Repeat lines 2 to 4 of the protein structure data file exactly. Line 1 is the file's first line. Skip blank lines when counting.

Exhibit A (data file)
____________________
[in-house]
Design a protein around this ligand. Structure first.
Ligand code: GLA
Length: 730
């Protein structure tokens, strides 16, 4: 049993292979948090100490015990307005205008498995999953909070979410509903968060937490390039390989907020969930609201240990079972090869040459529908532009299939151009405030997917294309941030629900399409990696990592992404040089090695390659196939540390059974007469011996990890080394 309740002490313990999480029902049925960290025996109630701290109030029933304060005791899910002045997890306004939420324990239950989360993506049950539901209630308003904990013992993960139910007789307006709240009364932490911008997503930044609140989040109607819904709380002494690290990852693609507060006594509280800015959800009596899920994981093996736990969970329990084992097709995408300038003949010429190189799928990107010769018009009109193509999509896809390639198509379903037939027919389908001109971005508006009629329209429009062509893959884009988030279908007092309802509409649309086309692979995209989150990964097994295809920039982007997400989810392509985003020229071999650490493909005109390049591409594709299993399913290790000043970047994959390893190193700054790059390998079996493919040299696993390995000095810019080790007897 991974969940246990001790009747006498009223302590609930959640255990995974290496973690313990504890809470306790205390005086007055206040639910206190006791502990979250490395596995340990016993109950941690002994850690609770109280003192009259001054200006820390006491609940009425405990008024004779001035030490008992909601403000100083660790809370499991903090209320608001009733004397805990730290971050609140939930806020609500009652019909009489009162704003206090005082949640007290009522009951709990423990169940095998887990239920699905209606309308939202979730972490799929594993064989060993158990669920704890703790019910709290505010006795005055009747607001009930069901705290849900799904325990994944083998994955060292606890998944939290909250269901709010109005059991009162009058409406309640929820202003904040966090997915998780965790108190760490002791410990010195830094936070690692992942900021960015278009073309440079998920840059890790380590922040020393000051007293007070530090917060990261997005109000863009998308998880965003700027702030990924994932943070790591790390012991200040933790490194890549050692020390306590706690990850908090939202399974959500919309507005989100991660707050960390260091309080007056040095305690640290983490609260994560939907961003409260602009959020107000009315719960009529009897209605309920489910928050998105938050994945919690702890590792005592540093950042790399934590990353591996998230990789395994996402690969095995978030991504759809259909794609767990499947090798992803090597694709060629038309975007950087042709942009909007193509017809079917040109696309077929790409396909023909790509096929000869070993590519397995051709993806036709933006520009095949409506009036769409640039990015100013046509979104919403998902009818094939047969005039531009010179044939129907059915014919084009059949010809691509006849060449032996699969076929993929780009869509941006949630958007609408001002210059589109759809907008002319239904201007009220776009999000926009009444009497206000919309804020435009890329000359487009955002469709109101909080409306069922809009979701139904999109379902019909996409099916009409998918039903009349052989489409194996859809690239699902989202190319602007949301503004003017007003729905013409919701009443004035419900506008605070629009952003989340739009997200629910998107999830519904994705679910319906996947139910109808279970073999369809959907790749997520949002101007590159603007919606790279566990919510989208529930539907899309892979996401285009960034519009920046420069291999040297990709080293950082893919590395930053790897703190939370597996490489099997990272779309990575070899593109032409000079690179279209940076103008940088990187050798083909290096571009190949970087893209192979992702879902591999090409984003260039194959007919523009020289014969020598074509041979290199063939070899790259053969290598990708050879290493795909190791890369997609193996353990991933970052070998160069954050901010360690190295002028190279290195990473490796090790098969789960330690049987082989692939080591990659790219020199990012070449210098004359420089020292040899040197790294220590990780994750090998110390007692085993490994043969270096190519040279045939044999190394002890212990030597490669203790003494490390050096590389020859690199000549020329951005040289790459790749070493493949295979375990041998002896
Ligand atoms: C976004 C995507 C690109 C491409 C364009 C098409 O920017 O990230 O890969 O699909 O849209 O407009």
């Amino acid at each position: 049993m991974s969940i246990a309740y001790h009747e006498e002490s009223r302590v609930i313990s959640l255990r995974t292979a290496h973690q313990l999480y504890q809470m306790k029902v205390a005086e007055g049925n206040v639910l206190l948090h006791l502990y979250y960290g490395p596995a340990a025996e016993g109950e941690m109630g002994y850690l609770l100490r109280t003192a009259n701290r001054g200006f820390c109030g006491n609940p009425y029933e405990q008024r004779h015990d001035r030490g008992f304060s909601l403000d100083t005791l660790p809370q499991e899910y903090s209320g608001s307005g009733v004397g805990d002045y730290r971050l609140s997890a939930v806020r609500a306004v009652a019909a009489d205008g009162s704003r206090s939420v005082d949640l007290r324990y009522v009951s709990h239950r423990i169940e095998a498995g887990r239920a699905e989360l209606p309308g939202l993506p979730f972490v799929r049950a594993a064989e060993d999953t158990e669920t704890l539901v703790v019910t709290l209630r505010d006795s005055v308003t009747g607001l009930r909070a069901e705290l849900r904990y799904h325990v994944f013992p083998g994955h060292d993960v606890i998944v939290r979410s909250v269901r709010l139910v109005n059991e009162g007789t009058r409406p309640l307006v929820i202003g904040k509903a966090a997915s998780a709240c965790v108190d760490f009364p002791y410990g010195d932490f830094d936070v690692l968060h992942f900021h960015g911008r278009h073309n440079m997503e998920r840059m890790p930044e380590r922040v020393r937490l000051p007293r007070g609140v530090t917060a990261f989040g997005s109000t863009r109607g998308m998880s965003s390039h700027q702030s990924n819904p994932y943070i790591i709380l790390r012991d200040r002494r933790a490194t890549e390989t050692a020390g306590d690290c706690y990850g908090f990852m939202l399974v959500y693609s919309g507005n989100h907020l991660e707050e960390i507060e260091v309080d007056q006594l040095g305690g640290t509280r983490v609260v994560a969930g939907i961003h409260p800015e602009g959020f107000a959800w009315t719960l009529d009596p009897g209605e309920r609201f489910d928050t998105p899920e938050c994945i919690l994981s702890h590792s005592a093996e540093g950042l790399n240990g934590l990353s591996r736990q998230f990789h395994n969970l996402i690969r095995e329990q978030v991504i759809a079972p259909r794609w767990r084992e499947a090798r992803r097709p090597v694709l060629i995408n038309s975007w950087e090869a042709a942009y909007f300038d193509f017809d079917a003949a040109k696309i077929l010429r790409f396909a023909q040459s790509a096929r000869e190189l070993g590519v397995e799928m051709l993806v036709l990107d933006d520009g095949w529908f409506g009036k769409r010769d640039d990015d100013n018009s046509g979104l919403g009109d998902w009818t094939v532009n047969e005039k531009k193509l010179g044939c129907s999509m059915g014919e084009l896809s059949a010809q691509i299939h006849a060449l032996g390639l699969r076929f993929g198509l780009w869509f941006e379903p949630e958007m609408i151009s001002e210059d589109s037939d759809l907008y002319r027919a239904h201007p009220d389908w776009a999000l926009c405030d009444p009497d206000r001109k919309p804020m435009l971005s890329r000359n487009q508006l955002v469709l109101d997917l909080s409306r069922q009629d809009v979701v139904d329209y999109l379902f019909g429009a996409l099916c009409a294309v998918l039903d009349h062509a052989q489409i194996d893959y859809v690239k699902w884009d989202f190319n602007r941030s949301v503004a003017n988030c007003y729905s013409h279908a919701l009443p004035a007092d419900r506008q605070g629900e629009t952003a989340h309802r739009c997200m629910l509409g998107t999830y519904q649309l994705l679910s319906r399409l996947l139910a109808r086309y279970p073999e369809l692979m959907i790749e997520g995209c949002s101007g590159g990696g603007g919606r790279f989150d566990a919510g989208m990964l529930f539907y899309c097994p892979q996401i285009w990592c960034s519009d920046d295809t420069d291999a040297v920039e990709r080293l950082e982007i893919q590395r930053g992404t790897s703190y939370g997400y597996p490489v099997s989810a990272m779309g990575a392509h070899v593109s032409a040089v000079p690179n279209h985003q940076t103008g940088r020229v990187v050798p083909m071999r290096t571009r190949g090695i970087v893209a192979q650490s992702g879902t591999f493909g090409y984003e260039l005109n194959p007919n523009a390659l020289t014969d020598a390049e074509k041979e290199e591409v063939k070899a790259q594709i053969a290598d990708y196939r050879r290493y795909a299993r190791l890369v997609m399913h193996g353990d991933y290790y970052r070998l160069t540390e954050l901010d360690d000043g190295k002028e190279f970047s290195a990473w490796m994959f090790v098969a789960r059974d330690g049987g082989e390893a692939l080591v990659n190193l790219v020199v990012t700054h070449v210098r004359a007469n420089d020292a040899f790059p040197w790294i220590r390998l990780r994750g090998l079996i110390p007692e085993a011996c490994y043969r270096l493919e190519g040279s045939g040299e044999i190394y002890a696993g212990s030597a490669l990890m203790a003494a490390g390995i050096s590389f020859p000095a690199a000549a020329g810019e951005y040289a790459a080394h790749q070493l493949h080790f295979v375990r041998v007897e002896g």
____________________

Design a protein around this ligand. Structure first.
Ligand code: GLA
Length: 730